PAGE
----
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UN votes to extend cross-border aid into north-west Syria by another six months

January 10, 2023 at 4:20 pm

The Security Council holds a meeting at the United Nations in New York September 28, 2017 [TIMOTHY A. CLARY/AFP via Getty Images]

The United Nations Security Council (UNSC) has unanimously voted to allow cross-border aid to enter north-west Syria via the Turkish border, after months of the usual scepticism of whether Russia would approve the policy.

In yesterday’s vote at the UNSC, Russia surprised many by supporting the resolution to allow the continuation of cross-border aid into Syria’s rebel-held north-western Idlib province, enabling aid deliveries through the Bab Al-Hawa border crossing from Turkiye into the province until 10 July.

The resolution – which requires authorisation by the 15-member Council due to Syrian regime authorities not agreeing to the humanitarian operation – encourages efforts to improve aid deliveries across conflict lines, and urges all 193 UN member states to respond to Syria’s “complex humanitarian emergency”, especially “in light of the profound socio-economic and humanitarian impact of the COVID-19 pandemic”.

It also calls for increased efforts to provide water, sanitation, health, education, electricity services, and shelter for the approximately 4.1 million people living in that region, many of whom were displaced from the Syrian regime’s recapture of their home areas elsewhere in the country.

According to UN Secretary General, Antonio Guterres, the cross-border humanitarian operations “remain an indispensable lifeline for 4.1 million people in north-west Syria”, and the extension of the cross-border aid authorisation “comes as humanitarian needs have reached the highest levels since the start of the conflict in 2011, with people in Syria grappling with a harsh winter and a cholera outbreak”.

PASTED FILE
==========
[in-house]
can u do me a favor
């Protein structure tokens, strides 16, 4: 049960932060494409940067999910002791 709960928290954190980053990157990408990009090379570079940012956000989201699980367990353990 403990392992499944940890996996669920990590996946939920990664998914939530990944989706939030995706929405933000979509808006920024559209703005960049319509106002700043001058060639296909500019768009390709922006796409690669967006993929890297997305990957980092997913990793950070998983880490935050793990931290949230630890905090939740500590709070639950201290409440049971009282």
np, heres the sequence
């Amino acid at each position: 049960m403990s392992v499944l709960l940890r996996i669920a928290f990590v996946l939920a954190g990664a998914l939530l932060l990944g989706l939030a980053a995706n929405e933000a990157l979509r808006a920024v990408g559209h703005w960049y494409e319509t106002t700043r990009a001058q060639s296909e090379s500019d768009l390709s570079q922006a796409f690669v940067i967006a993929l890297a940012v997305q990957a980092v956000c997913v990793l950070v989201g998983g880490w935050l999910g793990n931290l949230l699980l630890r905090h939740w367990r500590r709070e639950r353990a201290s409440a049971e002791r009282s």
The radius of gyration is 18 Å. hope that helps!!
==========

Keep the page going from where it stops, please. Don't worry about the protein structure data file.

READ: Humanitarian groups warn of ‘catastrophic consequences’ of Turkiye-Syria border closure

Following the vote, Russia’s UN ambassador, Vassily Nebenzia, called the decision to support the resolution “difficult”, describing Idlib and its surrounding areas as “an enclave that is inundated with terrorists” – a term Damascus and its allies, Moscow and Tehran, use to refer to any opposition figure, group or rebel element.

Nebenzia stressed, however, that Russia’s support for the resolution must not be mistaken as a change in its “principled position” that the cross-border aid from Turkiye is temporary and that it should be replaced by deliveries from territories and organisations controlled by Bashar Al-Assad’s regime.

Although the current aid delivery mechanism has been extended for another six months, it remains an issue constantly used by Assad’s allies, such as Russia and China – two of the five permanent members of the UNSC – as leverage against the displaced Syrians, aid organisations and western nations every half a year.

Human rights activists and the humanitarian aid officials, meanwhile, continue to demand a more permanent system enabling aid to reach those in need, which is neither held hostage by the Assad regime’s allies nor dependent on alternative organisations directly aligned with the regime and its rampant corruption through the diversion of aid and the manipulation of the exchange rate.

One solution they propose, at least in the short term, is the re-opening of other border crossings into north-west Syria which were shut down a few years ago by the demands of Moscow and Beijing at the UNSC.

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